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Author Topic: Can two or more siblings each have BPD?  (Read 3966 times)
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« on: May 12, 2011, 10:41:49 PM »

can two or more siblings each have BPD?

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« Reply #1 on: May 13, 2011, 08:35:24 AM »

Yes, it's possible. There isn't definitive research yet on the factors that lead to BPD or the co-incidence among families, but research suggests that there is often a family connection; the circumstances, both genetic and environmental, that may lead to the development of BPD could affect more than one sibling.


What they call you is one thing.
What you answer to is something else.
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Formerly "Mobocracy"
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« Reply #2 on: May 15, 2011, 04:05:03 PM »

Yes, I can't remember the exact statistics, but if 1 sibling has BPD the chances of another sibling also having BPD or another cluster B personality disorder is much higher than the general population. There are definite inherited traits as well as environmental upbringing that can make a person more susceptible to developing BPD. Siblings typical tend to share both components of nature and nurture so it is a double whammy. However, there are plenty of siblings of borderlines that don't develop BPD - there are a lot of factors and not just one singled out cause for BPD. 

po·ten·tial  adj.
1. Capable of being but not yet in existence; latent: a potential greatness.
2. Having possibility, capability, or power.
3. The inherent ability or capacity for growth, development, or coming into being.
4. Something possessing the capacity for growth or development.


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« Reply #3 on: May 16, 2011, 10:07:24 AM »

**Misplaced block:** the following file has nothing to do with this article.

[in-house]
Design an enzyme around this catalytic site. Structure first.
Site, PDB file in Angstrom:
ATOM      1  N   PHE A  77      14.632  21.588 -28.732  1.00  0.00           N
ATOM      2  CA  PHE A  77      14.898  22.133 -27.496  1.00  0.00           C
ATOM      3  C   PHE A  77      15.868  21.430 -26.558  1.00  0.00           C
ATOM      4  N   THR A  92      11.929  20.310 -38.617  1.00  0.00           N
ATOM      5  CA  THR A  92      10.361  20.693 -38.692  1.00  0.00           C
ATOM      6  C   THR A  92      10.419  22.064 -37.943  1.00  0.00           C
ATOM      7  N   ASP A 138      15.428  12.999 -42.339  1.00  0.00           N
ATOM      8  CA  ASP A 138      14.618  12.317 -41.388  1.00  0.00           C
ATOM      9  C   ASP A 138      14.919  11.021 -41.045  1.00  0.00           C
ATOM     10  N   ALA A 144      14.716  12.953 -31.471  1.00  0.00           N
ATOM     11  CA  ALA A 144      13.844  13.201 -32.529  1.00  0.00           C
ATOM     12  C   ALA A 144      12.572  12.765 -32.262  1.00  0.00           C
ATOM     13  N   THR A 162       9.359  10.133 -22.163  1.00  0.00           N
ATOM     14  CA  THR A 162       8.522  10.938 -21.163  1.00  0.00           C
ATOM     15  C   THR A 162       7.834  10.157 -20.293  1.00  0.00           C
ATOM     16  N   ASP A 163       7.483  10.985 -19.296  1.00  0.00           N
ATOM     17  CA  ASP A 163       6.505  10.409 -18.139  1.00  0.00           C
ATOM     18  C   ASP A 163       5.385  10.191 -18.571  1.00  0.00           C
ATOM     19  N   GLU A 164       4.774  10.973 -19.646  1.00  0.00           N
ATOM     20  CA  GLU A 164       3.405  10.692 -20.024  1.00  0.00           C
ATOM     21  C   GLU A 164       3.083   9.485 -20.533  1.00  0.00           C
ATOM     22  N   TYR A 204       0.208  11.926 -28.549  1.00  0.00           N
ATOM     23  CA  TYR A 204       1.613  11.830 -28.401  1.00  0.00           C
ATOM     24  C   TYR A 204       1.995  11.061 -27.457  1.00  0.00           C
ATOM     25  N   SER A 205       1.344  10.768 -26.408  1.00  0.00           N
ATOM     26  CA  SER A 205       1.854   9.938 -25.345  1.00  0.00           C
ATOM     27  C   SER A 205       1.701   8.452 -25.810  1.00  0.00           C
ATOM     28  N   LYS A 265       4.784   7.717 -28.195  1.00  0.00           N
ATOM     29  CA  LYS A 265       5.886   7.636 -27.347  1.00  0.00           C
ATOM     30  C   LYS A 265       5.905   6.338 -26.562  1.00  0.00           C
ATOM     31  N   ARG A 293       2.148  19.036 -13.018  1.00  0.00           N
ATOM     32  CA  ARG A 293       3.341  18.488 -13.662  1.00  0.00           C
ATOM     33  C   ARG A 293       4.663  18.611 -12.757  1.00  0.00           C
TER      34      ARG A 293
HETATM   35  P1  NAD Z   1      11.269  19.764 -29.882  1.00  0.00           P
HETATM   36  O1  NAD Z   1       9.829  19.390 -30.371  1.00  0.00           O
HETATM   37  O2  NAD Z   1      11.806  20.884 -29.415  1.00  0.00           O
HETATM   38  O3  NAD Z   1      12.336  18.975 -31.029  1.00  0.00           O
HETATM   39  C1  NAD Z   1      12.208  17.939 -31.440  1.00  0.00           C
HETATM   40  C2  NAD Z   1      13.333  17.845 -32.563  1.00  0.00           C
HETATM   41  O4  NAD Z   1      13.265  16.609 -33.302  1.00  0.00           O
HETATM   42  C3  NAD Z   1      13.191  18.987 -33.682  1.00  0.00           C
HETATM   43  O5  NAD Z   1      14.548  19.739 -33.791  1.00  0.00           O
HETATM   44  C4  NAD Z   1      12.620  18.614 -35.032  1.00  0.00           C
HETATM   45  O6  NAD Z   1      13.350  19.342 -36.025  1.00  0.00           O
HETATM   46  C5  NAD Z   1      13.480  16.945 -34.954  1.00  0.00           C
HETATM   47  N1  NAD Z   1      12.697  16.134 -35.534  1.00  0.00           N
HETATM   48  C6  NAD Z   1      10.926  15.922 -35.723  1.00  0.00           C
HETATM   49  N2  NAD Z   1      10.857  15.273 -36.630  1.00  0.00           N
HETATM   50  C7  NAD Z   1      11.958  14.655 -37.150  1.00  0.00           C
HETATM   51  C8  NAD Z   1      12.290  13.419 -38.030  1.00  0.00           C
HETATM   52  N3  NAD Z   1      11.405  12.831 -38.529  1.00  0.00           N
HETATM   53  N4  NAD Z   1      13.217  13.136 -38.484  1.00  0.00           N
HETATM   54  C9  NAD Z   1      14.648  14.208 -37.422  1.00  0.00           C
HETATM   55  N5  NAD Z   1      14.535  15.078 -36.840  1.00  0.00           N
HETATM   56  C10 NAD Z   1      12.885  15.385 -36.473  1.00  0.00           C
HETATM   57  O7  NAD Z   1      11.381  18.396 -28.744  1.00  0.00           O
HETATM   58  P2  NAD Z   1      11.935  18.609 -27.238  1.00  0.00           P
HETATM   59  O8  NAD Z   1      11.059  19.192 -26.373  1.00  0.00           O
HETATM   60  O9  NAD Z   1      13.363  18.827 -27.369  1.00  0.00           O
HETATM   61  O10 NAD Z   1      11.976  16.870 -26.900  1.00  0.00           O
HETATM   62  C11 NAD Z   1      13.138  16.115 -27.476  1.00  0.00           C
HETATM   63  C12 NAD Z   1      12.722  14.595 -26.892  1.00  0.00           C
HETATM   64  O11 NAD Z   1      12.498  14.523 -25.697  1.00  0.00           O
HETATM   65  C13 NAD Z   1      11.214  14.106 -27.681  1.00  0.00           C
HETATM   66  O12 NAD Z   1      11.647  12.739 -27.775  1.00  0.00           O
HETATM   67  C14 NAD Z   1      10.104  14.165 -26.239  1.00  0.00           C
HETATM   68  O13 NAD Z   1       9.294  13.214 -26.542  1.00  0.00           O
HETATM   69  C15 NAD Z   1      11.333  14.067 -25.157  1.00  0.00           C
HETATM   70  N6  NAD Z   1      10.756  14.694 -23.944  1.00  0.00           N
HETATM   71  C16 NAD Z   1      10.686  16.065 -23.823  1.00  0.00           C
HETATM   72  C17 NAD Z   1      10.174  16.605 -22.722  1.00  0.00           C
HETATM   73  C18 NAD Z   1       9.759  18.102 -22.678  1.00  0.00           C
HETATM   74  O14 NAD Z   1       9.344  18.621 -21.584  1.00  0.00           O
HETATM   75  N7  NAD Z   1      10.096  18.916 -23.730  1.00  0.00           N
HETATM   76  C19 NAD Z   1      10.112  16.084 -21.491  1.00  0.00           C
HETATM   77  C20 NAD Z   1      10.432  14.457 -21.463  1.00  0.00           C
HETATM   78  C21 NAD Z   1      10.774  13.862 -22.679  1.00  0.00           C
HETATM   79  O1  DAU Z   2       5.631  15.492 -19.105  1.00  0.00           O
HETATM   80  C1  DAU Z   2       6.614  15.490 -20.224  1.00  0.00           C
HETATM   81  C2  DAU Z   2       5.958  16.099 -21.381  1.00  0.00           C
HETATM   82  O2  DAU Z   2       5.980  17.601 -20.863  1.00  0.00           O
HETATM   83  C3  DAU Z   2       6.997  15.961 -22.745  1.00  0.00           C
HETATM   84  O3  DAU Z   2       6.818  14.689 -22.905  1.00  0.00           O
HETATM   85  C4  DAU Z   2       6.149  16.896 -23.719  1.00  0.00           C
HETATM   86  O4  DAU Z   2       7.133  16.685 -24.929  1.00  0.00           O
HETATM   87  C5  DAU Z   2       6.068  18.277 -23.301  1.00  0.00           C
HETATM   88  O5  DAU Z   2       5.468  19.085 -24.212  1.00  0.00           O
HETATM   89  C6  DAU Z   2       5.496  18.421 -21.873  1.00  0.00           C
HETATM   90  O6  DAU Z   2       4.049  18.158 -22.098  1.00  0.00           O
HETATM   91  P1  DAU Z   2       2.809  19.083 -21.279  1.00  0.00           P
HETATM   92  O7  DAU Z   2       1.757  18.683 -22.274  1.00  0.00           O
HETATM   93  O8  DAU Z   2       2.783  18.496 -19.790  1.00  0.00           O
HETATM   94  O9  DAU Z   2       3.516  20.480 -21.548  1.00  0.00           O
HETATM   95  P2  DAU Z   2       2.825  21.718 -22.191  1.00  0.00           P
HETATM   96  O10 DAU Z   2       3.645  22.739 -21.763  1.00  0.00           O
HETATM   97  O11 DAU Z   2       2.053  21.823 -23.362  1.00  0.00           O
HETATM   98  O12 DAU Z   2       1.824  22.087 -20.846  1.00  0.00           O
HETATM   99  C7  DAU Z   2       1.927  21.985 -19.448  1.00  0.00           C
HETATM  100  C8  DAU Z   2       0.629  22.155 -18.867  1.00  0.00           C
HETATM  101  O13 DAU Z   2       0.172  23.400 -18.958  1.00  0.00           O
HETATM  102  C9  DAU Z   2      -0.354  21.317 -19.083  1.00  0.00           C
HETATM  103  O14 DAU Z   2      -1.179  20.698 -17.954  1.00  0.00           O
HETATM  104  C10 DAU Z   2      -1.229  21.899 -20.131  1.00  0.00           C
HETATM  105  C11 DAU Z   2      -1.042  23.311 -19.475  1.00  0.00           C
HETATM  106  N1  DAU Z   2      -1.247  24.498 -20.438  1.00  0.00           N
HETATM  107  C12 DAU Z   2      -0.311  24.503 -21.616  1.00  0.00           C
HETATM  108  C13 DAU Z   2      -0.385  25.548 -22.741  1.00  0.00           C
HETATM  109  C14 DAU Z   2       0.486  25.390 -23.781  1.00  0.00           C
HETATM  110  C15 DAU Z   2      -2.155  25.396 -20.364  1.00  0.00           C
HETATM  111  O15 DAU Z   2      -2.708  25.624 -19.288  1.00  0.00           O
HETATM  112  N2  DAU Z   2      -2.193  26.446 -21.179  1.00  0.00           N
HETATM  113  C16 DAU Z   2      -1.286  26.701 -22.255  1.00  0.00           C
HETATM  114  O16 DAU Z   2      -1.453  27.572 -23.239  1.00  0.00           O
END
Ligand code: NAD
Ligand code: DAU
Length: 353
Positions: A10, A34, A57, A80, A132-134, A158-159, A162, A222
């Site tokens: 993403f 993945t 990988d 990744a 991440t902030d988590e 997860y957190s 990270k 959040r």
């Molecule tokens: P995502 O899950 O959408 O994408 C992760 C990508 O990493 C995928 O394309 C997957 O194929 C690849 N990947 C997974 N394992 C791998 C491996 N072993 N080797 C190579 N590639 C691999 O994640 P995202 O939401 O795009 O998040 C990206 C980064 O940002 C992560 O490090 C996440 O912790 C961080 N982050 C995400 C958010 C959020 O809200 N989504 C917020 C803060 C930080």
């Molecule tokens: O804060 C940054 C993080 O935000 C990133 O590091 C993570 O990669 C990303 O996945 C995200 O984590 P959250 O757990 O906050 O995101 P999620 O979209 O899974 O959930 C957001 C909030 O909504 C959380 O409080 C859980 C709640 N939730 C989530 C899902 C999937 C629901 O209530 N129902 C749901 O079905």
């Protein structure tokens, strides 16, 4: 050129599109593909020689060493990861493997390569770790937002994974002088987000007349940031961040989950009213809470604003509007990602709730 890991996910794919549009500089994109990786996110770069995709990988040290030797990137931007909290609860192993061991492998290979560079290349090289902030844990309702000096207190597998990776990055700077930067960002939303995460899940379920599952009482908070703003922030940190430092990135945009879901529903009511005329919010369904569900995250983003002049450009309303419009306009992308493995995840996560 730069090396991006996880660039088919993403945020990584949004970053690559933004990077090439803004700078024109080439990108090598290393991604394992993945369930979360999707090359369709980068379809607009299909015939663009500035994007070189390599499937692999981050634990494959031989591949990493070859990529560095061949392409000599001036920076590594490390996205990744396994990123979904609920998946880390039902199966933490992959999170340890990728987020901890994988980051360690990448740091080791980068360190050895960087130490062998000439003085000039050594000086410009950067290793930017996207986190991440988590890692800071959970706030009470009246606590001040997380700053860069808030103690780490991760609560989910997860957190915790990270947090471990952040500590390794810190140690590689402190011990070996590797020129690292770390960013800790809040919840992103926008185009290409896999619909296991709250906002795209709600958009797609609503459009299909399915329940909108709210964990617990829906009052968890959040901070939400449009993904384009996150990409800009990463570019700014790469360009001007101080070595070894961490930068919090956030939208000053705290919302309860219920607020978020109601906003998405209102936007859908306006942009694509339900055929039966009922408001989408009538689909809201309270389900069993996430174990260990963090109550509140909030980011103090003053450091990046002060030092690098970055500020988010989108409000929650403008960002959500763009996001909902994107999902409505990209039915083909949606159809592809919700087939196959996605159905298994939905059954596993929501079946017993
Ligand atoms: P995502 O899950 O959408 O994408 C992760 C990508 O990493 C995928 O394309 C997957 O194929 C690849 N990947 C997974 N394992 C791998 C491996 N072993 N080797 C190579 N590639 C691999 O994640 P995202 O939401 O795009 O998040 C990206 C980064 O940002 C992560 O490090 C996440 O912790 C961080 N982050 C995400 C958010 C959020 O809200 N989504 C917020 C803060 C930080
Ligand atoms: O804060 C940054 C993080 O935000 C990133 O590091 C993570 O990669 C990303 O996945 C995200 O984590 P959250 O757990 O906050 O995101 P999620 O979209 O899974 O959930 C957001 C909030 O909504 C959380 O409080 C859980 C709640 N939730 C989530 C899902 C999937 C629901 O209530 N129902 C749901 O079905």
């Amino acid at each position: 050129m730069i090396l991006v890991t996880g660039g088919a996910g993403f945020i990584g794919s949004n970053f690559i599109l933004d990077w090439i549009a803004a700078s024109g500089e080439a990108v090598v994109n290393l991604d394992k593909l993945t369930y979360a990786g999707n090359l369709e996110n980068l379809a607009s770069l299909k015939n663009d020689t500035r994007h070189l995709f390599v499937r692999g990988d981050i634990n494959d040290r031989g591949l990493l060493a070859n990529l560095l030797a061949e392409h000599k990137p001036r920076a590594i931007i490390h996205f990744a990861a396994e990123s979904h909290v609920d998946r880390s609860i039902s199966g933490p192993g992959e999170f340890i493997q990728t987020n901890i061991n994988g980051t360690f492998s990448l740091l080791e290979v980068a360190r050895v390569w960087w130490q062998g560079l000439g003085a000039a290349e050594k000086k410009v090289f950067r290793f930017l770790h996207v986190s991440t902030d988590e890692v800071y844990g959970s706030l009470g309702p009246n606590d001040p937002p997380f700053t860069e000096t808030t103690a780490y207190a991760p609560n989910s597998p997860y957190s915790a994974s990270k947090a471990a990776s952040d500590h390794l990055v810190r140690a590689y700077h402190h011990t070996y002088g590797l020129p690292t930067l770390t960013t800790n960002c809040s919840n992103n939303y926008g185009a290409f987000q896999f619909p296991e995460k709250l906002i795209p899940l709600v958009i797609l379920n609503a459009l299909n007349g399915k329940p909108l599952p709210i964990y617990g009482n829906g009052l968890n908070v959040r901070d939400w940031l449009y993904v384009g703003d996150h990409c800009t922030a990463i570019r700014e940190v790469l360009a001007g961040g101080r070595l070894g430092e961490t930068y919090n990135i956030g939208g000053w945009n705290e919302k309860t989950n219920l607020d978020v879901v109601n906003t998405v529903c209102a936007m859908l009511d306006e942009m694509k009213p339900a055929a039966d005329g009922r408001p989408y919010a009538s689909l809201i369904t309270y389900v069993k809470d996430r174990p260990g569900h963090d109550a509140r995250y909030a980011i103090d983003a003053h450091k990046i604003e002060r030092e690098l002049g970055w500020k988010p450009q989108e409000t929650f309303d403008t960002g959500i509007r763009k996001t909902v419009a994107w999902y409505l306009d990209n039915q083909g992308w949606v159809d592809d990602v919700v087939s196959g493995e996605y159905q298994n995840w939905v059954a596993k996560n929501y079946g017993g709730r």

The sister of my xBPDgf is immersed in Christianity, extremely. I dont know her well enough to see BPD traits...

I was curious about BPD within families.

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« Reply #4 on: October 02, 2011, 07:43:09 AM »

Absolutely, my UBPD/NPD mother has a sister with UBPD and a half sister with UNPD and possibly UBPD (she is the most covert and high functioning of them all, an excellent emotional blackmailer, and the princess and the waif in one).  Of her two brothers from her FOO one of my uncles has ADDHD and is very avoidant (don't know enough to call him disordered, don't think so) and the other uncle has OCD and might have APD.  My grandfather was UNPD, and I am sure the legacy continues on up the tree. I have taken to examining the old family fotos and am probably projecting a crazy eyed look in some of my forebears.  I completely believe there is a genetic component and a relation to ADD.  I myself am so verbally impulsive that I was examined for ADHD (at the tender age of 43) but no, I am just really impulsive. 
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« Reply #5 on: October 02, 2011, 01:13:07 PM »

Interesting - I always suspected anxiety disorders and BPD were often co-morbid, but I never considered ADD/ADHD.  We're always learning ...
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« Reply #6 on: January 01, 2012, 01:48:36 AM »

Opposite with my ex. She is always going on about living up to her Christian parents expectations. Her sister seems ok.
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« Reply #7 on: January 01, 2012, 01:55:02 AM »

Interesting - I always suspected anxiety disorders and BPD were often co-morbid, but I never considered ADD/ADHD.  We're always learning ...

I've read that there is a high correlation, and that BPD can be misdiagnosed as ADD or ADHD (not necessarily co-mormid, mind you)... In fact, my wife, prior to her BPD dx, has stated that she thought she might have ADHD.

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